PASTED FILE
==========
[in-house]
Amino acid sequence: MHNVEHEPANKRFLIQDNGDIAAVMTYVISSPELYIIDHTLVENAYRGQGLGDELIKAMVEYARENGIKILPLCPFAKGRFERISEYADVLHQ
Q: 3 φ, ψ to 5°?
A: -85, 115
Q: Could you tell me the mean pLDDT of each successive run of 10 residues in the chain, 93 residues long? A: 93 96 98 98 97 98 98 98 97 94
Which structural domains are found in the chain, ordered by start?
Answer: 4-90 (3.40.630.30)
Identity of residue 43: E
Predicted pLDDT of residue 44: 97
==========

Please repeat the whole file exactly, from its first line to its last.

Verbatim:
[in-house]
Amino acid sequence: MHNVEHEPANKRFLIQDNGDIAAVMTYVISSPELYIIDHTLVENAYRGQGLGDELIKAMVEYARENGIKILPLCPFAKGRFERISEYADVLHQ
Q: 3 φ, ψ to 5°?
A: -85, 115
Q: Could you tell me the mean pLDDT of each successive run of 10 residues in the chain, 93 residues long? A: 93 96 98 98 97 98 98 98 97 94
Which structural domains are found in the chain, ordered by start?
Answer: 4-90 (3.40.630.30)
Identity of residue 43: E
Predicted pLDDT of residue 44: 97